Tunisian-born haute couture designer, Lamia Latrous shared her journey with us on our last Tunis visit.
Born female under Islamic regime poses strict parameters for a society to operate under religious Law; more concerning in rural areas dominated by men in the Arab world. Though Latrous admits she never felt disparity in her school years nor as a female student at college. On my personal visit to the capital of
Tunis, I was welcomed into the homes of Muslim women and observed their families. I saw vibrantly strong women pursuing family, domestic needs, married life and business. These are the kind of women that would stand in the middle of an airport and quite audibly, without the need for a megaphone, request that all eyes be on her and listen to her request for help. And so it happened, on my first visit to Northern Africa.
Since the 2010 revolution, there have been changes to Law under the Islamic regime, however women only constitute 28% of the workforce. The ‘marry-your-rapist’ Act was finally abolished in 2017. Though with the minor (yet triumphant) improvements, Tunisian feminists such as Fawzia Zouari and Munjiyah al-Sawaihi are worried that the Tunisian revolution might follow the past examples of Algeria and Iran where women who played active roles during the revolutionary period lost their voice and ability to
participate in the public sphere when the new regimes established strict Sharia Law.
Of the 15,000 female entrepreneurs in Tunisia, Lamia took her time to establish her haute couture label. Working first as a Banking Consultant, she first began introducing her works to colleagues and clients. And so, among Muslim women and from the support of women, it came to pass some years later, Lamia left the Bank and established her eponymous label.
Located in Aryanah, Tunis, Latrous oversees a workshop of female artisans who intricately sew yards of Swarovski crystals that adorn every gown. Her embellished gowns with their collars, trains and capes take anywhere from 3 to 5 months to complete. Deservedly, wearable art of this calibre is invited to showcase at the Victoria and Albert Museum, London. Surely it is just a matter of time.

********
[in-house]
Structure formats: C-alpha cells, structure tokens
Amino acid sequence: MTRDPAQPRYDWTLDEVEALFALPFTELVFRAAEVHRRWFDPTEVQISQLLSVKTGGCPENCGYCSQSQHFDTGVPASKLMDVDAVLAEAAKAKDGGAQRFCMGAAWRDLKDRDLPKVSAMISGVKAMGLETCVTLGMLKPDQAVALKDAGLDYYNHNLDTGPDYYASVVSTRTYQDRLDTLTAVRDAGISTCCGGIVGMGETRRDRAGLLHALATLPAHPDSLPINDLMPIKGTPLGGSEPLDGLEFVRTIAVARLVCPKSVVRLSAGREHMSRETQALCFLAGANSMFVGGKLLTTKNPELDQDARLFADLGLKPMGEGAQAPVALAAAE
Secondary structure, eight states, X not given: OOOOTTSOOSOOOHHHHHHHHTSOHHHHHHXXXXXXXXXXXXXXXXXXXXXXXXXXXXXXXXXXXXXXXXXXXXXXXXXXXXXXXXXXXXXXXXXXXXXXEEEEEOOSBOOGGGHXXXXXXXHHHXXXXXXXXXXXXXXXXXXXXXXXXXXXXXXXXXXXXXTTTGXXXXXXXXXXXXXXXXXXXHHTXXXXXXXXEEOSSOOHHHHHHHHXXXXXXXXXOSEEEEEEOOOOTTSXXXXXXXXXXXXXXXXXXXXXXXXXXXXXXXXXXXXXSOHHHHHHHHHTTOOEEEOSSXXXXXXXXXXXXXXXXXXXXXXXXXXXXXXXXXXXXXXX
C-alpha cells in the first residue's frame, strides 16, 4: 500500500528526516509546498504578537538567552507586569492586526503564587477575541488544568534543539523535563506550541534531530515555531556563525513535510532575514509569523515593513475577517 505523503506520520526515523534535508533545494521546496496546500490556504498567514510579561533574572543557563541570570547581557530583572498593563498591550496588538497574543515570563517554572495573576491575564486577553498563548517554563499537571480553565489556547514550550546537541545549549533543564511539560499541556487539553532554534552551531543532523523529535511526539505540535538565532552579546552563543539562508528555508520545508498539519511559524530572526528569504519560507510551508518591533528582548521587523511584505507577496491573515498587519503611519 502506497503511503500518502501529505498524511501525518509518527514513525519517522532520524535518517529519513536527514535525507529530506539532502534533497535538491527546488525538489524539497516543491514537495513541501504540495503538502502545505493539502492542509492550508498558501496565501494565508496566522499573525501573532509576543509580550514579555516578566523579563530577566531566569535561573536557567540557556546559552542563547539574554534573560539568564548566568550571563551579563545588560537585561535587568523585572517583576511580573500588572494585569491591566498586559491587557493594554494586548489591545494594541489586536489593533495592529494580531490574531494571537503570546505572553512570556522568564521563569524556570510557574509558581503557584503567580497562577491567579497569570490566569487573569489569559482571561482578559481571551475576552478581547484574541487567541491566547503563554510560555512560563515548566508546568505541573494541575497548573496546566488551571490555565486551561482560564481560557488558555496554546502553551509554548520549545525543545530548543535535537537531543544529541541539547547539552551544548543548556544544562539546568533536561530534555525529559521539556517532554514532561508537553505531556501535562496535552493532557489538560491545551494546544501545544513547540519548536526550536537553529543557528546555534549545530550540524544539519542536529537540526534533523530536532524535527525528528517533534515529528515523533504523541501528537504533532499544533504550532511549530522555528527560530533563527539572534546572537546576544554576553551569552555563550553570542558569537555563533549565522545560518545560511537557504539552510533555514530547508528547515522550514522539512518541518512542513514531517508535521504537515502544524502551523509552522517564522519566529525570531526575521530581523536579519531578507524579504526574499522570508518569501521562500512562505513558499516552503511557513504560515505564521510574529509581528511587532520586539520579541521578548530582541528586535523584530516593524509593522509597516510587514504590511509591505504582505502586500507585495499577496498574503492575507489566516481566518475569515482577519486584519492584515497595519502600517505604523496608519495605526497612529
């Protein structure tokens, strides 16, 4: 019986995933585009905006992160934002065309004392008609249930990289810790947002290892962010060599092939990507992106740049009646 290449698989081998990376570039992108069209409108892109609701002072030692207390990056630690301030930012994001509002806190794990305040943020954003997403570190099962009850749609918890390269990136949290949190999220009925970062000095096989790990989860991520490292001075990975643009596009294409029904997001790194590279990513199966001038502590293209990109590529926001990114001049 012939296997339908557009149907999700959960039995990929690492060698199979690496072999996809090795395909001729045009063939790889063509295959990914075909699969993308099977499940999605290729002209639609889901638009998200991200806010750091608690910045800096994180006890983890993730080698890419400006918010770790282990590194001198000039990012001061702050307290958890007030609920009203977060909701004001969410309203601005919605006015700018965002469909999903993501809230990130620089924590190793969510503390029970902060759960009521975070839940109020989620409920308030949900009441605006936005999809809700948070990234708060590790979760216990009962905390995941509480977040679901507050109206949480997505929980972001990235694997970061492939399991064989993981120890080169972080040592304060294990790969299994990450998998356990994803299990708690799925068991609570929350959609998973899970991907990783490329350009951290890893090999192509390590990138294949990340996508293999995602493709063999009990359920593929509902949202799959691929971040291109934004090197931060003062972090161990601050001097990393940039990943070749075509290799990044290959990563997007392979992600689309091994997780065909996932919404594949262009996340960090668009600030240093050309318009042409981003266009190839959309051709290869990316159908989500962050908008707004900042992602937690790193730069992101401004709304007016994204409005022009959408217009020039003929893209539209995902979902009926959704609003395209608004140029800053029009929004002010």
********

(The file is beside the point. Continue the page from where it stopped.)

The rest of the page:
Today, in an economy known for its craftspersons and suppliers, Lamia Latrous has been heralded one of Tunisia’s great haute couturiers and business women. She exports bridal gowns to private clients from Saudi Arabia and Qatar, to Moscow and Monte Carlo, and has presented exclusive collections at Haute Couture Week in Paris and in 2019 hosted the closing of the Arab Fashion Awards in London.
While her fashion maison is a destination for global bridal clientele, and there is no shortage of impeccable artisans in her workshop, Lamia will continue to benefit from exposure and cross promotional activations – marketing being more a nuance in a developing Northern Africa. ONE30M supports opportunities and welcomes expressions of interest for collaboration, editorial and red carpet showings for international film awards.
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Before the age of 10, Bethanie was already developing as an artist with writing classes, illustration, dance, theatre and piano. Later, clients from fashion, real estate and corporate sectors rounded her creative, technical and social media writing skills. Naturally, her artistic interests transposed onto film and production. Today, Bethanie hosts and produces interviews with international lifestyle brands and contributes to SNEZNY travel magazine.